April 14, 2018
I am pretty confident that everyone reading this blog post already accepts Climate Change science.
When Ted Conwell, the Director of Climate First!, asked if I would be interested in restarting the blog on the nonprofit’s website, I spent a good amount of time thinking about what I would blog about, and more importantly what I wouldn’t blog about. It was immediately obvious that debating Climate Change would be carrying coals to Newcastle—sorry, I am dating myself, Google it. It also seemed pointless to talk about Climate First!’s protest campaigns. They already do a good job with that, and it honestly isn’t my specialty.
So what should I blog about?
The title of this post sums up what I believe is the most important issue that I can discuss here. It should come as no surprise to anyone that we are an incredibly conflicted country. In our over 240 years of existence as a country, I believe there have been only two other times that we have been as divided of a population as we are now. I will let you think on that for a minute, and get back to it at the end. But the basic question is “are we able to discuss Climate Change in any productive way?”
While Climate Change isn’t the only threat we face, it is certainly one of the biggest. Continuing down our current path of increasing our emissions of greenhouse gases is certain to have a profound and lasting effect on our entire planet. From volatile weather to massive storm damage; from reduced agricultural outputs to growing disease vectors; and from ecological devastation to increased rates of species extinction, there are few areas, if any, that Climate Change won’t have a significant effect on.
So, we NEED to talk about Climate Change, and we need to get people to accept Climate Change science. By the way, that is the correct way to state it. One does not believe or disbelieve in Climate Change. Belief is something we have for things that can’t be proven. I believe that my dog loves me—he might disagree. However, I accept that if I drop an apple from my roof it’s going to fall to the ground. Funny thing, I would claim that we know more about Climate Change and its causes than we do about gravity. But I know very few people who question gravity.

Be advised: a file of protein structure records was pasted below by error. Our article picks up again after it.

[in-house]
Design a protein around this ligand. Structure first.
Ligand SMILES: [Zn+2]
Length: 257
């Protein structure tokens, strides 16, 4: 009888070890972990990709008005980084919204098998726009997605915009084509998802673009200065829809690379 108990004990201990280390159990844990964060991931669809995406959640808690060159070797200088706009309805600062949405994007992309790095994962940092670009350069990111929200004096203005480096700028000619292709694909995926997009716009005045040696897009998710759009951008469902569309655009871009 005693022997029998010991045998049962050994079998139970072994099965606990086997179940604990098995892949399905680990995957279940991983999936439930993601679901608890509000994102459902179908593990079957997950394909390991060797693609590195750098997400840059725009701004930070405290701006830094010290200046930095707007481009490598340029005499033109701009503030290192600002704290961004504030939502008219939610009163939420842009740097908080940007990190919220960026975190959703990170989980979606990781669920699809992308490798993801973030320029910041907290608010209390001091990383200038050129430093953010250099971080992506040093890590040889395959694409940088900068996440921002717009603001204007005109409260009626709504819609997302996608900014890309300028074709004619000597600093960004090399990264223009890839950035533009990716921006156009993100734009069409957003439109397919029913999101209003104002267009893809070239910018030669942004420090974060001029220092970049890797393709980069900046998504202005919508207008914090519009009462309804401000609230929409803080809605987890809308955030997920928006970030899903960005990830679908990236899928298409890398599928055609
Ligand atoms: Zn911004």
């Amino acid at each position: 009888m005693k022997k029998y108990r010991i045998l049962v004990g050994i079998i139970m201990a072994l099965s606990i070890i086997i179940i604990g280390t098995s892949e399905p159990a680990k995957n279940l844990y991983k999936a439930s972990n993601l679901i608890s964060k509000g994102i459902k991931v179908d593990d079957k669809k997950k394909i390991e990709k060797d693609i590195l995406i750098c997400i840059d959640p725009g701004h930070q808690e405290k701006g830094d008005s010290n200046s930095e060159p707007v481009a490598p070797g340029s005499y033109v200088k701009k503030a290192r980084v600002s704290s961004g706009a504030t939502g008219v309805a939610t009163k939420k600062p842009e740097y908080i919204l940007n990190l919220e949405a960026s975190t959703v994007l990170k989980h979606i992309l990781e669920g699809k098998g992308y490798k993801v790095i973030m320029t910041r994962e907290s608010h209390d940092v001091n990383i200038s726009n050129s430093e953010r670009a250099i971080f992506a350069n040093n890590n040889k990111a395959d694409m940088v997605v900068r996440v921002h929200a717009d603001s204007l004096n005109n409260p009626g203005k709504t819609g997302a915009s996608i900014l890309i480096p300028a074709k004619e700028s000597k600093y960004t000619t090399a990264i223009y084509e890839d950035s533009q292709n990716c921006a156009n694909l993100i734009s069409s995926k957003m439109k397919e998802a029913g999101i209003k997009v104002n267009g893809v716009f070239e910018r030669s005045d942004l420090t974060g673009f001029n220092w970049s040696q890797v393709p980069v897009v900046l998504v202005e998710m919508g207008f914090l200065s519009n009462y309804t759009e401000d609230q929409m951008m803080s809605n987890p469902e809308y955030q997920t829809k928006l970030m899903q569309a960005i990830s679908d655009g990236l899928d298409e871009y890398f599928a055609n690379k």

Some of my writing will focus on helping you explore your understanding of the science—after all, being better informed is always beneficial. Most of my writing, however, will examine what stands in the way of a productive conversation, and what approaches we all can use to start a conversation without immediately throwing up an impenetrable wall. I predict that you will be surprised by some of my assertions. I also hope to cover interesting aspects of Climate Change, based on the latest scientific results. Finally, my posts will peruse the goings-on of the broader non-scientific Climate Change community, and contain occasional tidbits which I find interesting and relevant.
At some point, I hope that my words actually reach out to people who either don’t currently accept the science or have lots of questions. I will encourage an active, engaging, polite, and respectful exchange. I will also look forward to your opinions. Are there questions that you have about Climate Change? More importantly, do you think my writings promote the dialogue that many believe is crucial to addressing the issue?
That’s all for this post. I hope it sets up a good foundation for what’s to come. And for those who didn’t come up with the other two divisive times, I was referring to the Civil War period of the 1860s, and the Civil Rights struggles in the 1960s.
From the age of 11, Mark always wanted to be an oceanographer. He received his B.S. in Physical Oceanography from the University of Washington where he was involved in both field and lab research. He then spent seven years at NOAA’s Pacific Marine Environmental Laboratory doing large-scale numerical modeling and analysis. Returning to school, Mark received his Ph.D. in Physical Oceanography from Florida State University under the late James J. O’Brien. His dissertation was an analysis of ocean-atmosphere carbon cycling. After that, he took a post-doc position at NASA’s Goddard Space Flight Center, focusing on climate-related research primarily through global numerical modeling. When the requirements of his young family necessitated a change, Mark ran his own digital media company for 15 years. However, he couldn’t entirely leave the environment behind, and today he is a Leave No Trace Trainer and serves as an Outdoor Ethics Advocate for the Boy Scouts of America. Mark is looking forward to returning to the global Climate Change arena.